TITLE EP by Meghan Trainor
Pros: “All About That Bass” is pretty catchy whether I’d like to admit it or not; if you’re 14 years old and female, you’ll probably enjoy the EP
Cons: Musically unexciting; “cleverness” wears thin after a bit
It speaks to the overwhelming power of big-time media corporations that I, having precisely no interest in modern pop music, would nonetheless be exposed to one of 2014’s biggest and most successful songs. Having an uplifting “girl power” type message about being true to and accepting yourself for who you are, singer and songwriter Meghan Trainor’s “All About That Bass,” which sounds like a ‘50s doo-wop song performed by a modern “diva” type singer, slowly but surely gained momentum in the pop charts over the latter part of the summer of 2014, eventually replacing Taylor Swift at the top of the charts in mid-September. I imagine it was a bit of a surprise to some that a basically unknown artist would replace a music powerhouse like Swift in the number one position, but this can’t be that shocking in the bigger history of pop music, especially given the cheerfully quirky nature of Trainor’s song.
Don’t press that play button unless you want this thing stuck in your head all day…
What most people might not realize about Meghan Trainor is that her 2014 EP Title, which features “Bass” as its lead single, is not her first attempt at making a name for herself in the music biz: she actually has a trio of independently-released albums under her belt even though she’s only 20 years of age. After showing promise as a songwriter, Trainor attended songwriting workshops in Nashville, and eventually collaborated with producer Kevin Kadish to make “All About That Bass,” refusing offers to sell the song to other artists and choosing instead to release the song as a single of her own. Grooving along to a string bass line and lots of peppy percussion elements, “Bass” is nothing if not an infectious bit of pop music, but there’s not a whole lot of substance behind the glossy exterior and the song actually has been criticized for being aggressive towards what its lyrics refer to as “skinny bitches.” Numerous artists have successfully older song formulas for the modern age, but the real question is whether or not Trainor can prove she has continued relevance and longevity in a modern music industry that too often seems obsessed with whatever is newest and shiniest.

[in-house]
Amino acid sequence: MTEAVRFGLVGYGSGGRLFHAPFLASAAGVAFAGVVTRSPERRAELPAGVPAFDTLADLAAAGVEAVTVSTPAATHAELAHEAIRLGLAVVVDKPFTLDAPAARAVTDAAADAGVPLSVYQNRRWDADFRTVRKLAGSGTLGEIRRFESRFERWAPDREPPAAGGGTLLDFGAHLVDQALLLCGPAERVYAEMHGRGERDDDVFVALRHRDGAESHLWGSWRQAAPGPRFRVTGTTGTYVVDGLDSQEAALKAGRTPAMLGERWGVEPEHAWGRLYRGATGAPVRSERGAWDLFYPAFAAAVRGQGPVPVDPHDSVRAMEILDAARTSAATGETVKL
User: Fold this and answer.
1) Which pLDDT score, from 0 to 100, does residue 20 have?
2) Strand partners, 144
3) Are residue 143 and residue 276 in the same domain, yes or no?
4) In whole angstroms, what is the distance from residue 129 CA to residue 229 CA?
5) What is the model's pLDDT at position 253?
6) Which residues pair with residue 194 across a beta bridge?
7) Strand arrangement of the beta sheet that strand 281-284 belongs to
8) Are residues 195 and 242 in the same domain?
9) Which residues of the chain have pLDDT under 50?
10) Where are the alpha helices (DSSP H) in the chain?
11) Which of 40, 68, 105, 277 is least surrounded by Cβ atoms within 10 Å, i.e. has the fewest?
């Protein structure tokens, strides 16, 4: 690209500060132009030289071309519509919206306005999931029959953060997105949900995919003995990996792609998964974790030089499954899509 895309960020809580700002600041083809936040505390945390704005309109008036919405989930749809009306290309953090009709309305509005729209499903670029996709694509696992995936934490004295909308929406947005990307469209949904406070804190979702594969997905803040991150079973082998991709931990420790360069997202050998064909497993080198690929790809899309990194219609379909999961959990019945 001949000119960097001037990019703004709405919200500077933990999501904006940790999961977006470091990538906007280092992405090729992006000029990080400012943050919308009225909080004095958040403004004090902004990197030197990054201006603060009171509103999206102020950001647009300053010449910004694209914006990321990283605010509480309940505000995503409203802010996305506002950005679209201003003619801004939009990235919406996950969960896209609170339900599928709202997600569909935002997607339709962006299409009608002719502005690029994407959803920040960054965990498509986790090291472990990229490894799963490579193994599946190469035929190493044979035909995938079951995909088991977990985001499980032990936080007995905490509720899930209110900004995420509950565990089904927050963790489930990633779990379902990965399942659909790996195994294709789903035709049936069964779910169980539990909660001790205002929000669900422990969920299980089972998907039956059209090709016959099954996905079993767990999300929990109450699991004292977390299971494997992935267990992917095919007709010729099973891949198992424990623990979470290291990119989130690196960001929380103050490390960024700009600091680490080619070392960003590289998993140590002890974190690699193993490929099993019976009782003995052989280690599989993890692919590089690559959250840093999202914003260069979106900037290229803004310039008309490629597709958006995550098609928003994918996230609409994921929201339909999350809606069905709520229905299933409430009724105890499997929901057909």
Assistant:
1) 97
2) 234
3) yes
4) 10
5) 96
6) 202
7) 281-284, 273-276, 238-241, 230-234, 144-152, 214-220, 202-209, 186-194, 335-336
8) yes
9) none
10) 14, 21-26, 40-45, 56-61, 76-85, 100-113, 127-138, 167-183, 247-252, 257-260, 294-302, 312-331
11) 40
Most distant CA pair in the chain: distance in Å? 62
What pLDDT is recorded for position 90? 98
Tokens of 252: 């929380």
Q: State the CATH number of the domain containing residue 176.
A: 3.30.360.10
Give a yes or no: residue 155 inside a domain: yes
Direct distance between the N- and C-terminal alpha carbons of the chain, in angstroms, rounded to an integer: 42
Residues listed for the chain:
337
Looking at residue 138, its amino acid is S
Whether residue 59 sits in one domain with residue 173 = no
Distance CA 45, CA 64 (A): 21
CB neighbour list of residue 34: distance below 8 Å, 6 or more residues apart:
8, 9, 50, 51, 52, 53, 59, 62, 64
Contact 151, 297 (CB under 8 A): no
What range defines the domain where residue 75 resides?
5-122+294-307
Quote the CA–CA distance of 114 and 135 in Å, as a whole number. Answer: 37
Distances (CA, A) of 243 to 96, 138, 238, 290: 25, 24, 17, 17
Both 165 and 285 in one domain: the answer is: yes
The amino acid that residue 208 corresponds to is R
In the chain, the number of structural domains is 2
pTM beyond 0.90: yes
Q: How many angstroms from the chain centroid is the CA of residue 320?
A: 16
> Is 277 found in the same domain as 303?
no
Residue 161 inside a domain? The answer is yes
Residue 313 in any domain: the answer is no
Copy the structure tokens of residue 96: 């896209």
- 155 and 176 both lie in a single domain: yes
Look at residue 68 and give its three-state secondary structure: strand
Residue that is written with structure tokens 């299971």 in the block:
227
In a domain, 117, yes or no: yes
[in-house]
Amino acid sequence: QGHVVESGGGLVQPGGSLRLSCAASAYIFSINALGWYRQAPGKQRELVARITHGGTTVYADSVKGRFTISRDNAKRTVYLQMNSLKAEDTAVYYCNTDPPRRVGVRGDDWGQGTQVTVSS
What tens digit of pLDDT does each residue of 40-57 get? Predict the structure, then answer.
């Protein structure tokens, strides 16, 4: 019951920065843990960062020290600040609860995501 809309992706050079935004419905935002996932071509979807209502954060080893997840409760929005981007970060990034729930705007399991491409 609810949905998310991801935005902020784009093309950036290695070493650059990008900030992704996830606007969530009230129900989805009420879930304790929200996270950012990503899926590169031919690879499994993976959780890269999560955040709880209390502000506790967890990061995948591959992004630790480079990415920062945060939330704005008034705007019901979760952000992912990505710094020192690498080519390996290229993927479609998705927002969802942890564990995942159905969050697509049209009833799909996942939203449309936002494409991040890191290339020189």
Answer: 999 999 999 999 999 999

The temptation to come up with a “witty” caption for this pic is strong, but I’ll fight off the urge.
The cleverness featured in “Bass” figures in most every song on Title, all of which operate in much the same way, with Trainor seeming like a sort of modern soothsayer-meets-motivational speaker trying to improve the self-confidence of young women. At their best, these songs are cute and amusing with some playfully naughty themes, but at their worst they almost seem self-indulgent and a bit snotty, suggesting that Trainor knows all too well how these “witty” songs are likely to be consumed by the listening public. Built around a ukelele melody, hand claps and bassy, doo-wop male vocals, the album’s title track discusses Trainor’s desire to have a “title” in a romantic relationship, and not just be considered a “friend.” Though I like the baritone sax blasts that burp out during the chorus, the almost obligatory “real talk” interlude that plays out over dubstep-like electronic music is kinda iffy. On this song and all the others here, Trainor’s vocals sound bubbly and appealing – but also come across as almost mechanical. I probably don’t want to know how much production work and sound engineering went into the making of this album nor would I want to hear a stripped down, unpolished version of the song.